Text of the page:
Ireland have hailed their historic maiden victory over New Zealand as a triumph not just 111 years in the making - but also as tribute to Anthony Foley.
Ireland thumped the back-to-back world champions - who were on a record 18-match winning streak - 40-29 at Chicago's Soldier Field on Saturday, to claim their first success over the All Blacks at the 29th attempt.
Captain Rory Best paid tribute to all the Ireland skippers before him who had thrown everything at beating New Zealand to no avail.
But both the Ulster hooker and head coach Joe Schmidt took the time to admit Ireland's win was inspired by Munster head coach Foley, who died aged 42 last month.
The Munster players formed a figure eight when facing New Zealand's Haka before kick-off, in tribute to Foley's playing number, and promptly channelled the indefatigable former Ireland captain.
"I think it was something that we just talked about through the management to the players," said Best of the touching tribute to Foley.
"I think a lot's been made of the really sad news that Munster got a few weeks ago and this was the national team's first time together since his passing. So we felt that it was the right thing to do and then to put the Munster body to the front that.
"It just felt like the right thing to do and it was our way, as an Irish national team, just to show a mark of respect to Axel (Foley) and his family."
Foley won 63 caps for Ireland as a barnstorming but also tactically shrewd number eight. He also helped mastermind Munster's rise to the top of the European tree, as the Thomond Park province claimed two Heineken Cup titles.
The 42-year-old died on October 16, before Munster's Champions Cup clash with Racing 92 in Paris.
Munster later dispatched Glasgow 38-17 the day after Foley's funeral .
If that proved Munster's on-field testament to their former totem, so too was Ireland's first win over New Zealand an homage to one of the country's great servants.
Ireland ended their 111-year wait for a win over New Zealand in style, Jordi Murphy, CJ Stander, Conor Murray, Simon Zebo and Robbie Henshaw all grabbing tries at Soldier Field.
Just three days after the Chicago Cubs ended their 108-year wait for a World Series victory, Ireland harnessed a city bearing untold omens to end their own haunting hoodoo.
Ireland's class of 2016 assured their place in the history books, with Best aware of his personal accolades as captain - but more concerned with honouring the late Foley.
"Obviously, there was a lot of emotion and the Munster boys got a lot from that," said Best.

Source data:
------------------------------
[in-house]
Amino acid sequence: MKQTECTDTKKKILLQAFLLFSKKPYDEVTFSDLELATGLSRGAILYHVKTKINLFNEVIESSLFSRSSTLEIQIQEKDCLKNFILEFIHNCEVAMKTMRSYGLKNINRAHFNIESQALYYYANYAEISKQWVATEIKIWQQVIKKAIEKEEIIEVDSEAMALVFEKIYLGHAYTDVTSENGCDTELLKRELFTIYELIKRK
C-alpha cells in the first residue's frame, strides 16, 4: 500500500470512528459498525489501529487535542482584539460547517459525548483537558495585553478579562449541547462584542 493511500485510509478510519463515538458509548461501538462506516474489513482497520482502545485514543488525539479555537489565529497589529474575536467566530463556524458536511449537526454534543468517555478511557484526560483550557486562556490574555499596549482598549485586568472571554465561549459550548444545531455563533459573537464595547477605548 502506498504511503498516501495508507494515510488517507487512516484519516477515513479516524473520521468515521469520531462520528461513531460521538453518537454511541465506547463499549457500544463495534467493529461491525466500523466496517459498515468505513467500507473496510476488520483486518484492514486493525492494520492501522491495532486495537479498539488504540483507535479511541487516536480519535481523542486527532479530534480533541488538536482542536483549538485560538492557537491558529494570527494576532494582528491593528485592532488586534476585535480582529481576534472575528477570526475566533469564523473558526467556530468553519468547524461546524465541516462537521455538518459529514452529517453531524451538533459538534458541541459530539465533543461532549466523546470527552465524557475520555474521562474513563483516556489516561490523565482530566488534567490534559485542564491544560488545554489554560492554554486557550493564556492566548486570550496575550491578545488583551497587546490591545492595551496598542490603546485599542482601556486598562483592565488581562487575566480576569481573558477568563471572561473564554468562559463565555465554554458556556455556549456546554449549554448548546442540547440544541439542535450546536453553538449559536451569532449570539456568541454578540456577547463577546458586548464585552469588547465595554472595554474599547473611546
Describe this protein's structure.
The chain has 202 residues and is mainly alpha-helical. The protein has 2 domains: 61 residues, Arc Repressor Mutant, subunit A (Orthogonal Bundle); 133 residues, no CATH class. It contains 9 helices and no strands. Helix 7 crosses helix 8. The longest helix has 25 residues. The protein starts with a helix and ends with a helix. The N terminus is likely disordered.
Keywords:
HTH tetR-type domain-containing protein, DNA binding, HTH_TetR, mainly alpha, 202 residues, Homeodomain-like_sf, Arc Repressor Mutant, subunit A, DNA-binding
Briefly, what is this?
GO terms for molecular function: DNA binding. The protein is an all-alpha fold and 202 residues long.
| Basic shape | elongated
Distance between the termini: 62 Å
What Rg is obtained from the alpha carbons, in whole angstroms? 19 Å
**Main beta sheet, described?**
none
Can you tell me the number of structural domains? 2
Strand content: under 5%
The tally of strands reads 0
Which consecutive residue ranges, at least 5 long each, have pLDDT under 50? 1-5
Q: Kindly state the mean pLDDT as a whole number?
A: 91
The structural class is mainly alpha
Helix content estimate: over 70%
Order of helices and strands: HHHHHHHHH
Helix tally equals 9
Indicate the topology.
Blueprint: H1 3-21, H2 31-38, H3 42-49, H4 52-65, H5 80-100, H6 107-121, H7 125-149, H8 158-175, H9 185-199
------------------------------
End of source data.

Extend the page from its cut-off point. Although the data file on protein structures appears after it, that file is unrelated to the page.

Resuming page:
"It was just an emotionally charged day for us. Ultimately, we did a lot of our work earlier in the week so we could draw on a bit of that emotion.
"You've got to take a moment every time you make history.
"It's quite hard to sit here and talk about what's a massive thing for us.
"It's a massive mark of the respect to the All Blacks that beating them means so much to us because they are such a quality side and they've shown it.
"There's been a lot of great teams and great players that have got really close but just haven't been able to finish it.
"When they came back to a four-point game, we had the wherewithal to keep attacking them, that was great.
"We're a tight group, we're very well coached and that showed today."
For Kiwi native Schmidt, this is a victory to further confirm his place as Ireland's greatest coach of all time.
While hailing the tributes to Foley, Schmidt also admitted Ireland must quickly refocus - with New Zealand to face yet again, in Dublin on November 19.
"I really thought the players did themselves proud, but to be fair they did Axel proud and his family, and they did their country proud," said Schmidt.
"I actually said something inadvertently during the week like 'If you win here I don't really care too much about what you do for the rest of the series'. So I've put my foot in it there!
"There's an alcohol ban for the players on the flight home, but that will probably be lifted as soon as the boys sit down."
Jordi Murphy looks set for an extended spell on the sidelines with a knee ligament problem, while New Zealand's Ryan Crotty tore his hamstring, and centre George Moala suffered a serious elbow injury.
All three are unlikely to feature again across the autumn internationals.
New Zealand boss Steve Hansen hailed Ireland's victory, admitting the All Blacks had got out of jail in the last-gasp 24-22 win in Dublin in 2013.
"Inevitably it's going to happen, it's sport," said Hansen of the end of New Zealand's record winning streak.
"We've got to make sure the loss isn't wasted, we've got to make sure it takes us somewhere where we get better.
"It was going to happen sooner or later. They deserved to win in 2013, and they deserved it here."